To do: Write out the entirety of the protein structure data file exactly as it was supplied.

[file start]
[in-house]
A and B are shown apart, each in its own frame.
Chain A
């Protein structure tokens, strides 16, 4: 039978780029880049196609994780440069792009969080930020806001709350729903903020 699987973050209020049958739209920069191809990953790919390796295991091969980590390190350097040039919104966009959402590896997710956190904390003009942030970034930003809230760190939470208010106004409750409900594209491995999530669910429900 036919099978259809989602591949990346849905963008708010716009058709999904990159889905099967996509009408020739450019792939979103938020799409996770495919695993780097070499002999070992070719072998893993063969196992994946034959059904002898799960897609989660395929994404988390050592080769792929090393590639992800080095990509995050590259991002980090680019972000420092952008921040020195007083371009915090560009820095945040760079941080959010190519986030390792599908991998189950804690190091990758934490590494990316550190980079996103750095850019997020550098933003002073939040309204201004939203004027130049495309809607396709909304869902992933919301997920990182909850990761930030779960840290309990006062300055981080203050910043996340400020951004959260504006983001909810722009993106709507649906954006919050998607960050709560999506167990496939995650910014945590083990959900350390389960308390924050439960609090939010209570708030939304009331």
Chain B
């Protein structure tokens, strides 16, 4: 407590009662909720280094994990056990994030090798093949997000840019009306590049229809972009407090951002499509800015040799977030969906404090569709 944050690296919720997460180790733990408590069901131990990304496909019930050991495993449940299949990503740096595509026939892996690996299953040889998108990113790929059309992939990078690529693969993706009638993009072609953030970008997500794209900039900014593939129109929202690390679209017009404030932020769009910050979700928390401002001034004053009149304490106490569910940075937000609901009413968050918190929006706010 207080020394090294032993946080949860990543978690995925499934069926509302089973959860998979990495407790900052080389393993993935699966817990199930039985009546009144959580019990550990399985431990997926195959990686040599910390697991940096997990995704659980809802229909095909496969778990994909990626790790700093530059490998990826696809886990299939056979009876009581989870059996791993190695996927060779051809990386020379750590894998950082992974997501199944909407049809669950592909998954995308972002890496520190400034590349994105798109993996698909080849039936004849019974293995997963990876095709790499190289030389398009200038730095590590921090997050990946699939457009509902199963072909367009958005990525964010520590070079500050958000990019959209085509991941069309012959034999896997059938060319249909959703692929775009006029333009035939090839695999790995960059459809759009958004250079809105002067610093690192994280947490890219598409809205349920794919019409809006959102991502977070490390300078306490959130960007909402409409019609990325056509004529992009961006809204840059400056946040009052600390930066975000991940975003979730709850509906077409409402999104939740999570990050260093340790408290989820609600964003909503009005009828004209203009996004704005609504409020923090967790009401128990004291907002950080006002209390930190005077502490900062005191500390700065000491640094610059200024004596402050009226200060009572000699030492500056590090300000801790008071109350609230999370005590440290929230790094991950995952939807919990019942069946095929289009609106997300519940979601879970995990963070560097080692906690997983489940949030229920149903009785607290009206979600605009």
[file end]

[in-house]
A and B are shown apart, each in its own frame.
Chain A
């Protein structure tokens, strides 16, 4: 039978780029880049196609994780440069792009969080930020806001709350729903903020 699987973050209020049958739209920069191809990953790919390796295991091969980590390190350097040039919104966009959402590896997710956190904390003009942030970034930003809230760190939470208010106004409750409900594209491995999530669910429900 036919099978259809989602591949990346849905963008708010716009058709999904990159889905099967996509009408020739450019792939979103938020799409996770495919695993780097070499002999070992070719072998893993063969196992994946034959059904002898799960897609989660395929994404988390050592080769792929090393590639992800080095990509995050590259991002980090680019972000420092952008921040020195007083371009915090560009820095945040760079941080959010190519986030390792599908991998189950804690190091990758934490590494990316550190980079996103750095850019997020550098933003002073939040309204201004939203004027130049495309809607396709909304869902992933919301997920990182909850990761930030779960840290309990006062300055981080203050910043996340400020951004959260504006983001909810722009993106709507649906954006919050998607960050709560999506167990496939995650910014945590083990959900350390389960308390924050439960609090939010209570708030939304009331």
Chain B
């Protein structure tokens, strides 16, 4: 407590009662909720280094994990056990994030090798093949997000840019009306590049229809972009407090951002499509800015040799977030969906404090569709 944050690296919720997460180790733990408590069901131990990304496909019930050991495993449940299949990503740096595509026939892996690996299953040889998108990113790929059309992939990078690529693969993706009638993009072609953030970008997500794209900039900014593939129109929202690390679209017009404030932020769009910050979700928390401002001034004053009149304490106490569910940075937000609901009413968050918190929006706010 207080020394090294032993946080949860990543978690995925499934069926509302089973959860998979990495407790900052080389393993993935699966817990199930039985009546009144959580019990550990399985431990997926195959990686040599910390697991940096997990995704659980809802229909095909496969778990994909990626790790700093530059490998990826696809886990299939056979009876009581989870059996791993190695996927060779051809990386020379750590894998950082992974997501199944909407049809669950592909998954995308972002890496520190400034590349994105798109993996698909080849039936004849019974293995997963990876095709790499190289030389398009200038730095590590921090997050990946699939457009509902199963072909367009958005990525964010520590070079500050958000990019959209085509991941069309012959034999896997059938060319249909959703692929775009006029333009035939090839695999790995960059459809759009958004250079809105002067610093690192994280947490890219598409809205349920794919019409809006959102991502977070490390300078306490959130960007909402409409019609990325056509004529992009961006809204840059400056946040009052600390930066975000991940975003979730709850509906077409409402999104939740999570990050260093340790408290989820609600964003909503009005009828004209203009996004704005609504409020923090967790009401128990004291907002950080006002209390930190005077502490900062005191500390700065000491640094610059200024004596402050009226200060009572000699030492500056590090300000801790008071109350609230999370005590440290929230790094991950995952939807919990019942069946095929289009609106997300519940979601879970995990963070560097080692906690997983489940949030229920149903009785607290009206979600605009």